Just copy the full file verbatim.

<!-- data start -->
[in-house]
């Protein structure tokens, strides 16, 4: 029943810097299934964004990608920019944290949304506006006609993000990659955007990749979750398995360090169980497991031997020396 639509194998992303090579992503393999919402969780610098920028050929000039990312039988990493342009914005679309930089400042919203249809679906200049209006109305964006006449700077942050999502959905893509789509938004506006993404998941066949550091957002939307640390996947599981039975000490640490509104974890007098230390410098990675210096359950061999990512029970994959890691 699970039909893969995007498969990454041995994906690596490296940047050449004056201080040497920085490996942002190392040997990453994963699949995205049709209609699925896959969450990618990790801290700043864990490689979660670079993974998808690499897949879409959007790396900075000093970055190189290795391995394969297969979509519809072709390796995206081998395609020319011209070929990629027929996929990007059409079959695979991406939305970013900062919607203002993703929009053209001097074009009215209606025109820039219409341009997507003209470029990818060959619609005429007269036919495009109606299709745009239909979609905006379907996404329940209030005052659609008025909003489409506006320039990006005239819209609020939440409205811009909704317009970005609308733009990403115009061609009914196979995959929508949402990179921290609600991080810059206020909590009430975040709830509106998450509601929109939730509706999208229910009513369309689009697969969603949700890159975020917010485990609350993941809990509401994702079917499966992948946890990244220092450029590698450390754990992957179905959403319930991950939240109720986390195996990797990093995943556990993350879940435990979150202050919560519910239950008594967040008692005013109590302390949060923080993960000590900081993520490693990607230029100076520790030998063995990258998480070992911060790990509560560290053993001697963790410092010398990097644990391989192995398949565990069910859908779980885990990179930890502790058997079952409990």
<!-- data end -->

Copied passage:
[in-house]
């Protein structure tokens, strides 16, 4: 029943810097299934964004990608920019944290949304506006006609993000990659955007990749979750398995360090169980497991031997020396 639509194998992303090579992503393999919402969780610098920028050929000039990312039988990493342009914005679309930089400042919203249809679906200049209006109305964006006449700077942050999502959905893509789509938004506006993404998941066949550091957002939307640390996947599981039975000490640490509104974890007098230390410098990675210096359950061999990512029970994959890691 699970039909893969995007498969990454041995994906690596490296940047050449004056201080040497920085490996942002190392040997990453994963699949995205049709209609699925896959969450990618990790801290700043864990490689979660670079993974998808690499897949879409959007790396900075000093970055190189290795391995394969297969979509519809072709390796995206081998395609020319011209070929990629027929996929990007059409079959695979991406939305970013900062919607203002993703929009053209001097074009009215209606025109820039219409341009997507003209470029990818060959619609005429007269036919495009109606299709745009239909979609905006379907996404329940209030005052659609008025909003489409506006320039990006005239819209609020939440409205811009909704317009970005609308733009990403115009061609009914196979995959929508949402990179921290609600991080810059206020909590009430975040709830509106998450509601929109939730509706999208229910009513369309689009697969969603949700890159975020917010485990609350993941809990509401994702079917499966992948946890990244220092450029590698450390754990992957179905959403319930991950939240109720986390195996990797990093995943556990993350879940435990979150202050919560519910239950008594967040008692005013109590302390949060923080993960000590900081993520490693990607230029100076520790030998063995990258998480070992911060790990509560560290053993001697963790410092010398990097644990391989192995398949565990069910859908779980885990990179930890502790058997079952409990």